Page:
The sailing world is flush with professional races that operate like finely tuned machinery. So when a truly grassroots competition arrives on the scene, it’s a breath of fresh air among intrepid pull-ourselves-up-by-our-bootstraps adventurers who make up for their lack of deep pockets with their courage, persistence and irrepressible good humor.
In June, 53 teams in a variety of watercraft converged on Port Townsend, Washington, for North America’s longest human- and wind-powered race. Organizers designed the inaugural Race to Alaska to celebrate the tradition, exploration and “lawless self-reliance” of the Alaska gold rush. They advised competitors that this Inside Passage experience would be “like the Iditarod, on a boat, with a chance of drowning, being run down by a freighter, or eaten by a grizzly bear.”
The R2AK was open to any boat without a motor, and the 750-mile, cold-water course would take competitors from Port Townsend to Victoria, British Columbia, and then on to Ketchikan, Alaska. The only rules: no private resupply, no support boats, no food drops. Teams must be self-supporting, all services and resources must be available to all competitors, and other than the two waypoints, teams were free to choose their own routes and decide whether to race at night.
Those who wanted a taste of the R2AK experience without the time commitment (or extra pain and suffering) could compete in Stage 1, the 40-mile stretch from Port Townsend to Victoria, British Columbia. The rest would go on to tackle the 710-mile long haul to Ketchikan.
Joanna Ludlow and Phil Wampold are the excited friends that make up Team Mau.
Of the 53 boats that started, just 15 reached the finish line in Alaska. Among them was Team Mau—a pair of longtime friends, aboard a small production beach catamaran, determined to have the adventure of a lifetime.
Phil Wampold, 29, grew up in Madison, Wisconsin, and learned sailing with his dad aboard a 16-foot dinghy. He went on to join the celebrated Hoofer Sailing Club on Lake Mendota, learned to race a J/24, and spent time cruising on both Lake Superior and Lake Michigan.
About 10 years ago, he relocated to the Pacific Northwest to attend the University of British Columbia at Vancouver, and he got involved in the racing scene aboard a San Juan 24. Yet his eyes were planted firmly on the horizon.
“I bought a 27-foot aluminum sloop and singlehanded it to Australia,” he said. “It took about a year and a half. In February, I sold the boat and came back to Canada.
“While I was in Australia figuring out what to do with my life, I found the Race to Alaska online. I was intrigued, because it was the first one, and it was right in my backyard.”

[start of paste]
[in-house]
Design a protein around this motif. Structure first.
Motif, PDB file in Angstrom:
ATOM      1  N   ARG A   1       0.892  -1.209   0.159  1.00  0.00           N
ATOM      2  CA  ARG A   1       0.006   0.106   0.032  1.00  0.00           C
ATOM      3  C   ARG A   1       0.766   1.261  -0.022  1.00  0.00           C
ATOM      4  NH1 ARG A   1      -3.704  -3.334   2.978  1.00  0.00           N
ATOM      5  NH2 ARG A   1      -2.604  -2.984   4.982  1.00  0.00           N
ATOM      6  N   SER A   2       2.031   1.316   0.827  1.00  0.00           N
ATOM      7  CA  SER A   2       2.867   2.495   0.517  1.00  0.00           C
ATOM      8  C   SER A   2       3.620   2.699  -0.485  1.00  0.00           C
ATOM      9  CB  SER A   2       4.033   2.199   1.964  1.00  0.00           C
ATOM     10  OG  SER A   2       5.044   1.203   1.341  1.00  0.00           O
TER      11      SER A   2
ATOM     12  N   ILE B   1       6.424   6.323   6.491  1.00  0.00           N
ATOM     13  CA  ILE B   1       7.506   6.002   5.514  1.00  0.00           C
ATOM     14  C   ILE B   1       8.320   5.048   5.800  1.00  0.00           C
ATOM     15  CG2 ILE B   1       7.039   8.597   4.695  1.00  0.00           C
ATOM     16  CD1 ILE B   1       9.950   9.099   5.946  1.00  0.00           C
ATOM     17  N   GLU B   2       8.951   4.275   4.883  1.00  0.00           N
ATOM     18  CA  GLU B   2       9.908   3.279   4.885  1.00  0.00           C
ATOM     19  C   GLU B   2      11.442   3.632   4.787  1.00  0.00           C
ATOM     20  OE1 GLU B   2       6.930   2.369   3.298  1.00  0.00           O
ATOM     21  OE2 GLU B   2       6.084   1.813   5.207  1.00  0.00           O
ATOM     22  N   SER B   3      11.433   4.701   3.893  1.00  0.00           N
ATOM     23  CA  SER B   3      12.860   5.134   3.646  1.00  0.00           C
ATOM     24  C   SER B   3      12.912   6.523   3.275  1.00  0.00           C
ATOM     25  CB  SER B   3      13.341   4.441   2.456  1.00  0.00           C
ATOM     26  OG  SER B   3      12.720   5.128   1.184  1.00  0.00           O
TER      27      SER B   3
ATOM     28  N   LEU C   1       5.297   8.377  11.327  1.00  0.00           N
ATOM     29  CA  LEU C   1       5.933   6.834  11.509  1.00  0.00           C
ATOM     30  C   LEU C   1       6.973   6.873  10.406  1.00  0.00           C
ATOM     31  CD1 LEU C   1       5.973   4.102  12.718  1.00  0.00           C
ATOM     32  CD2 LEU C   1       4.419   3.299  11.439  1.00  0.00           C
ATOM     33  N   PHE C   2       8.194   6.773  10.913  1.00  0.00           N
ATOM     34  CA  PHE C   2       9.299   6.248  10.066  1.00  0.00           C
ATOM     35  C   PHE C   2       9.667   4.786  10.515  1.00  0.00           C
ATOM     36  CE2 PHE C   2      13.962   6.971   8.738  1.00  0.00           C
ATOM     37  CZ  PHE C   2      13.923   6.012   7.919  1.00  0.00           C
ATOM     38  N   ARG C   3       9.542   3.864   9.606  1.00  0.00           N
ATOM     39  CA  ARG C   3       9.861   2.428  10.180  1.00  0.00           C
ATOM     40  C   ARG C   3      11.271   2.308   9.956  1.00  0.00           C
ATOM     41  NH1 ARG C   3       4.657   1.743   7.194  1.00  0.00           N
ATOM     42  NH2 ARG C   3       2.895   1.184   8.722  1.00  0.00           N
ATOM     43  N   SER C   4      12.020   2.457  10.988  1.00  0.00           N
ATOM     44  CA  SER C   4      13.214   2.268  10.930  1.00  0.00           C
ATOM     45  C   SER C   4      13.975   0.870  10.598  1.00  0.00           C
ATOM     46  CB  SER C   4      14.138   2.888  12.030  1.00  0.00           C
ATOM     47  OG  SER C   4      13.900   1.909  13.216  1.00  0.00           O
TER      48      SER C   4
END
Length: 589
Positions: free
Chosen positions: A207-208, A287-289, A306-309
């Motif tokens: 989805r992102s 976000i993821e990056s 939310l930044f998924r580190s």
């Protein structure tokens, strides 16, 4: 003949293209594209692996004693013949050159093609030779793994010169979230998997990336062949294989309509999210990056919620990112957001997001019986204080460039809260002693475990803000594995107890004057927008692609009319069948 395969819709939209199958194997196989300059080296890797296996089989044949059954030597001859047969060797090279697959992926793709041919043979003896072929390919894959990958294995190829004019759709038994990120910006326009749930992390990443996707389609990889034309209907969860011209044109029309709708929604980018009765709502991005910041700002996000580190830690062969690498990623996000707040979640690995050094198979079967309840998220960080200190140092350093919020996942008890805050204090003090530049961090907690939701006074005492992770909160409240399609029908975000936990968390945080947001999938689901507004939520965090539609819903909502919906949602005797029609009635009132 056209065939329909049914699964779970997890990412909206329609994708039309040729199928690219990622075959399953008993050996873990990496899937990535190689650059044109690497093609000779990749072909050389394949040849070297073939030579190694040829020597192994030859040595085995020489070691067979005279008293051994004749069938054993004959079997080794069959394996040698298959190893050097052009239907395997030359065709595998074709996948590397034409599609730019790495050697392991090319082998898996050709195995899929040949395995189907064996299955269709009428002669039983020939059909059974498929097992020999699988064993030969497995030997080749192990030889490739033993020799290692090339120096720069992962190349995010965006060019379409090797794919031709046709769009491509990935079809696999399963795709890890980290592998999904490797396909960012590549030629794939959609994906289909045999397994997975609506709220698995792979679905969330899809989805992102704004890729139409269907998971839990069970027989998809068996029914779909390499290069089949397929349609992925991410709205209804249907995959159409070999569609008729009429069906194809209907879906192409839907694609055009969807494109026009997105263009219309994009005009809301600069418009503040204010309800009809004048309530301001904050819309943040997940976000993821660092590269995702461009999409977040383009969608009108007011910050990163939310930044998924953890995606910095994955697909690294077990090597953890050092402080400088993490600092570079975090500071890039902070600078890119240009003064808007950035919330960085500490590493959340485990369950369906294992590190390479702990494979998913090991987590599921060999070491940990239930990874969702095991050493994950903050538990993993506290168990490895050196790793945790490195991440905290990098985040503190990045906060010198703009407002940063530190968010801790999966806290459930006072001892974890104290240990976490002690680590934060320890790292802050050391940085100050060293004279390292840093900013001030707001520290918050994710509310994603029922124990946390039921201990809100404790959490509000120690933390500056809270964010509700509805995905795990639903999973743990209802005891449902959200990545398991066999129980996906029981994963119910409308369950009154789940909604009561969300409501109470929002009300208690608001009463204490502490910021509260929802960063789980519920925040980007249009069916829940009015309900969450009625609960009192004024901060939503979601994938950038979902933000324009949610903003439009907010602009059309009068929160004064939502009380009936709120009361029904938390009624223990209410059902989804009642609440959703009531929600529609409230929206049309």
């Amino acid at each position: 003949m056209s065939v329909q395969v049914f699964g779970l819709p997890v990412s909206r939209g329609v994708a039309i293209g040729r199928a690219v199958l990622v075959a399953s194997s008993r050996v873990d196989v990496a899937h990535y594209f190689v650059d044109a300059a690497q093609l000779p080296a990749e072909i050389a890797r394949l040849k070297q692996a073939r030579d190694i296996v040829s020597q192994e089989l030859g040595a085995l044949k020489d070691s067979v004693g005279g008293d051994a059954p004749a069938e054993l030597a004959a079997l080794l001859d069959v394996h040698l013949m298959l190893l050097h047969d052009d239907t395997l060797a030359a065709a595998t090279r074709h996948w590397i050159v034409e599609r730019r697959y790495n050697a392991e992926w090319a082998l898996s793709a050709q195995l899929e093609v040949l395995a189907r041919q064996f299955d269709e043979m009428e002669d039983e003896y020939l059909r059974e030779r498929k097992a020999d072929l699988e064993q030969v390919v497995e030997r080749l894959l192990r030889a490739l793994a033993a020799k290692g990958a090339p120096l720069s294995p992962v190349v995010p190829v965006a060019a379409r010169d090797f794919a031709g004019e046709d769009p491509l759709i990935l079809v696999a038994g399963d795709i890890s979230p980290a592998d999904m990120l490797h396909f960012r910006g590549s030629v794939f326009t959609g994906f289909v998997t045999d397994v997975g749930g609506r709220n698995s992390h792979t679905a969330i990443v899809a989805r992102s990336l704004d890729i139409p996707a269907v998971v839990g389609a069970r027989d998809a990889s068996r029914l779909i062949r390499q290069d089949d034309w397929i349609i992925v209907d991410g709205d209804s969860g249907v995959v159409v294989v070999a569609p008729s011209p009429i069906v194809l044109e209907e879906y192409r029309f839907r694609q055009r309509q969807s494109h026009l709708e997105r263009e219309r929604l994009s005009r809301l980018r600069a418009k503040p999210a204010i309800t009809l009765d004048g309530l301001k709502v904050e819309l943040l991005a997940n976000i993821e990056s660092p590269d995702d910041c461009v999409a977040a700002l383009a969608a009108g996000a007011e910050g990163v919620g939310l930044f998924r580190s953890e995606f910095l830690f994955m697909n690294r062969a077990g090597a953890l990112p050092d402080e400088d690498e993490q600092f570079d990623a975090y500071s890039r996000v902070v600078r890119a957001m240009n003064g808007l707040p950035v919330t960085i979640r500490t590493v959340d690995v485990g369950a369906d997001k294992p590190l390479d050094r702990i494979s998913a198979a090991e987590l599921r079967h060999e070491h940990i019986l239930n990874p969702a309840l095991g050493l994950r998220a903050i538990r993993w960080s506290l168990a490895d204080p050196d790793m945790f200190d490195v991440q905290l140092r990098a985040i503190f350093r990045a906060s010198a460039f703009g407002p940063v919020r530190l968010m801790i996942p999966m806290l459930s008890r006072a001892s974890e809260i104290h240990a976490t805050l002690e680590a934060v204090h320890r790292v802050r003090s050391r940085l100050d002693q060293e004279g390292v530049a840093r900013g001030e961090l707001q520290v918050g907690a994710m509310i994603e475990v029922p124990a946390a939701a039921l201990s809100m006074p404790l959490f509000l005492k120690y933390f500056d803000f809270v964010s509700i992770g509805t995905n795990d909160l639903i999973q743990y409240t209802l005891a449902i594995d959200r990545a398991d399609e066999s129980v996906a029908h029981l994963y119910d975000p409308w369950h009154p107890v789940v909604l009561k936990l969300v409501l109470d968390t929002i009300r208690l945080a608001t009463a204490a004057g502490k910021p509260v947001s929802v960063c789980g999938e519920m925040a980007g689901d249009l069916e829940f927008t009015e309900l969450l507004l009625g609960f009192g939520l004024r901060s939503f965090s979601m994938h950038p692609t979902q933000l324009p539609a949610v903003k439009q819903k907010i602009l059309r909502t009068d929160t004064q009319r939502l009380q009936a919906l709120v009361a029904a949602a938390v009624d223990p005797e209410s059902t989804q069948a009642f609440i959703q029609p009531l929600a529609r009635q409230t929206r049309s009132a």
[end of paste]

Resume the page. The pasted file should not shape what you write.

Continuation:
He sent a message to good friend and Vancouver resident Joanna “Jo” Ludlow, 28, writing, “I have a new adventure in my head… you’re just the kind of adventurer I need on my team!”
“Um, OK,” she responded. “I’ll book time off work.”
As Ludlow had no sailing experience, the duo started training as soon as they bought their boat in March. They chose a 570 Nacra, a simple, fast, 18-foot, high-performance catamaran that could carry a two-person crew comfortably. They named her Mau, after the cat form of the ancient Egyptian sun god Ra.
“We chose the 570 Nacra because we needed a boat that we could easily move with no wind,” Wampold said, “and it had to be extremely fast when sailing. We wanted the adventure, but we also wanted to be competitive. It also had to be within our budget. We paid $3,500 for the boat, which weighs only 400 pounds. It was the fastest boat for the money.”
Team Mau, consisting of Joanna Ludlow and Phil Wampold finished the 750-mile Race to Alaska in about 12 days.
Nick Reid photo
The new owners went through the Nacra’s rigging with a fine-tooth comb, understanding that safety had to be the No. 1 priority when facing offshore conditions. They put a big screecher on it for light winds, and they had a friend build a pedal drive.
“We learned that we hate paddling with oars,” Ludlow said with a chuckle. “It’s just the worst! We both love biking, and we ended up putting 150 miles on that pedal drive.”
The sailors also added a solar panel, and they converted a Pelican case for battery storage. They proudly added a dodgerlike canvas to serve as an onboard shelter, but Mother Nature had other plans for this crowning achievement.
“It destroyed itself after a day,” Ludlow said.
“No, I think it was three days,” Wampold interjected, laughing.